Put your wallet away, this one’s on us… a 10-step guide to becoming a faster rider – for free
Super-lightweight and aerodynamic kit may help you buy speed, but it’s not just your bike that will get lighter – your wallet will slim down too. Fortunately, in these lean times, we’ve found there are lots of way to go fast for free.
Sort your clothing
It’s no good having an aerodynamic steed if your waterproof is billowing about and acting like a parachute. Equally, your jersey could be slowing you down. Kraig Willet is an expert in aerodynamics who has worked with UCI pro tour riders. “A jersey doesn’t need to be oversized or look like a burlap sack to set the stage for an aerodynamic train wreck,” he says. “Wind tunnel research has put the time loss of having an unzipped jersey at almost a minute over 40K.
Don’t slow down!
Braking before you turn in will let you carry the most speed through a corner, with your weight on the outside pedal for clearance and weight distribution. Picking the right line will also mean you can carry more speed. Choose the right gear before the corner so that on the exit you can power away.
Meanwhile, it’s pointless being a great climber if you can’t get down the other side quickly. Practise your descending so that you become smooth, fast, relaxed and safe. If you’re doing hill reps, use a twisty climb and practise your cornering and descending on the way down. Both mountain biking and cyclocross are great ways to improve bike handing without the worry of cars. Nick Craig, multiple mountain bike and cyclocross national champion, says: “I learned how to properly descend while riding in Spain. You can be descending for 20K or more and if you don’t get it right, you’ll lose time by the bucket load. Whether on or off-road, I think about how I can carry as much speed out of the corner as possible and work back from there. Read the road, think about your line and use as much of it as you legally, and safely, can.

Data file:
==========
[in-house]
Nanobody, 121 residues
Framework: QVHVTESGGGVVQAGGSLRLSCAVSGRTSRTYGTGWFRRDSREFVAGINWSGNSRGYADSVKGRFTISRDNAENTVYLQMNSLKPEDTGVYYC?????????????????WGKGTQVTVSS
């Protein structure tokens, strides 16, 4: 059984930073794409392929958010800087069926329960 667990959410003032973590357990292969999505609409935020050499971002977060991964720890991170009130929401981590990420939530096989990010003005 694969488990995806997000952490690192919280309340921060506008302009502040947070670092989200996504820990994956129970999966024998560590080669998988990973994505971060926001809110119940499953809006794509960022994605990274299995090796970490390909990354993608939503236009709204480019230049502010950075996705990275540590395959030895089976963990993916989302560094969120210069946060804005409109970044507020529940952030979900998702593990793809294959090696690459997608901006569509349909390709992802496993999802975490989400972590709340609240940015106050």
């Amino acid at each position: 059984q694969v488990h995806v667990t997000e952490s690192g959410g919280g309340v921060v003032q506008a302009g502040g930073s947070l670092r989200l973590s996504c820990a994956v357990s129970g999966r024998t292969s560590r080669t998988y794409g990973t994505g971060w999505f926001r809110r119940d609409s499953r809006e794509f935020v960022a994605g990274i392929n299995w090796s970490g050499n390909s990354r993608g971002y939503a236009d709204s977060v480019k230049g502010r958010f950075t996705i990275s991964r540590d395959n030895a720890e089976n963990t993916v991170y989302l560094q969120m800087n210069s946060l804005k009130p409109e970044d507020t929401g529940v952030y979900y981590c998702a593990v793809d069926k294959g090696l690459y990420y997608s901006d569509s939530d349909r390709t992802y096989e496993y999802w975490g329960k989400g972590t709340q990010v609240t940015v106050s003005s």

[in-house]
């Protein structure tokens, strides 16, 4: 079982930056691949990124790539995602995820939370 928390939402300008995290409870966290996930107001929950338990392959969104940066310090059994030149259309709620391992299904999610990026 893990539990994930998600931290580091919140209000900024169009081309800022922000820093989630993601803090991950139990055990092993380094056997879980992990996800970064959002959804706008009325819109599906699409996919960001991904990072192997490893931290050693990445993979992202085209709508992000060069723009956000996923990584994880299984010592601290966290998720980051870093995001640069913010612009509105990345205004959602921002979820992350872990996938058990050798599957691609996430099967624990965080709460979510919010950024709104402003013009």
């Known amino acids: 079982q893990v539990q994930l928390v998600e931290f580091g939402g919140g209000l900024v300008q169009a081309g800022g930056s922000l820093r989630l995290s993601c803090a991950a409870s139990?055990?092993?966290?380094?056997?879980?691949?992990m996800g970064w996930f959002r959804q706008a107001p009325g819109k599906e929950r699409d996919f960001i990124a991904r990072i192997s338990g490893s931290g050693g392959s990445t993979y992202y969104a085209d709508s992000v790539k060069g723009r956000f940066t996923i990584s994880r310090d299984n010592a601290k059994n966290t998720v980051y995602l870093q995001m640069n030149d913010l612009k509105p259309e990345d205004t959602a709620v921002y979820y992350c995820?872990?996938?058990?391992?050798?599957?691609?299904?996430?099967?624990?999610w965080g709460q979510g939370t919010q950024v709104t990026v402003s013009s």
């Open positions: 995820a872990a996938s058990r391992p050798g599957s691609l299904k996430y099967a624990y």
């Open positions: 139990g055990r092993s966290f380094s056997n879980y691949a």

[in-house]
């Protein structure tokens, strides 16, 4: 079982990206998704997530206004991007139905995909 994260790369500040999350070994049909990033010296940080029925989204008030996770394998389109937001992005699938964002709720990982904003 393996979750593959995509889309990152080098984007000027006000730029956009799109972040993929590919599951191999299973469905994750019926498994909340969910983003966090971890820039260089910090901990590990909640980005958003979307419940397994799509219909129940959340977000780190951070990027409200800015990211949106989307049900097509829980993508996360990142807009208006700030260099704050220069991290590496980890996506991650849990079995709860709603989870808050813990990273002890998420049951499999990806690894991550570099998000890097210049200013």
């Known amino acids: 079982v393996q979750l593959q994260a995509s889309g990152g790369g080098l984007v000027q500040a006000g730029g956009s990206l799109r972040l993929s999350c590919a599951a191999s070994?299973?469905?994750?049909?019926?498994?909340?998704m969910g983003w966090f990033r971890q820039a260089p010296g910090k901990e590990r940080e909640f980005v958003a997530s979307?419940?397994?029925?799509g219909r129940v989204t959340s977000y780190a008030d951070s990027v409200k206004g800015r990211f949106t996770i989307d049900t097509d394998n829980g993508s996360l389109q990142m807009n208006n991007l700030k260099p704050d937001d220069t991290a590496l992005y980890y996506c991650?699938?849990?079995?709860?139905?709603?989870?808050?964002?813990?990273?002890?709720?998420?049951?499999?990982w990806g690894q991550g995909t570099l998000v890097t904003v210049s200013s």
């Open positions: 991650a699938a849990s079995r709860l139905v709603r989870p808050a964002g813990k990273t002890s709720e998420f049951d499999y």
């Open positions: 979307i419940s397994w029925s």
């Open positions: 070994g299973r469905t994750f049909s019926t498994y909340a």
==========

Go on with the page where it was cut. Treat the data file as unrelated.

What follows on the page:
Clean your bike
Muck adds unnecessary weight and can easily negate the grams saved by lightweight kit. Also, pay particular attention to your chain, since energy lost as sound or friction is wasted power
Mind your posture
By keeping your upper body still and working on keeping your pedalling stroke efficient, you’ll not only save energy but also create less drag. “Use a full length mirror watch how your body moves as you pedal on a turbo trainer in front of it,” says Willet. “Also watch how your knees track throughout the entire pedal stroke. Flared out knees can lead to higher drag and a slower top-end speed, losing up to 90 seconds over 40K.”
Being dehydrated can severely compromise your performance. Even on cooler days, it’s vital to combat fluid losses through breathing, sweating and urination. Drink one or two cups of water before exercise and then sip throughout. Depending on conditions, you should aim to take in between 500ml to 1,000ml per hour. Although this might seem like a lot, sweating alone can account for it. Fluid loss of only two to three per cent (1.5kg to 2kg in a 70kg rider) will result in performance dropping by three to seven per cent.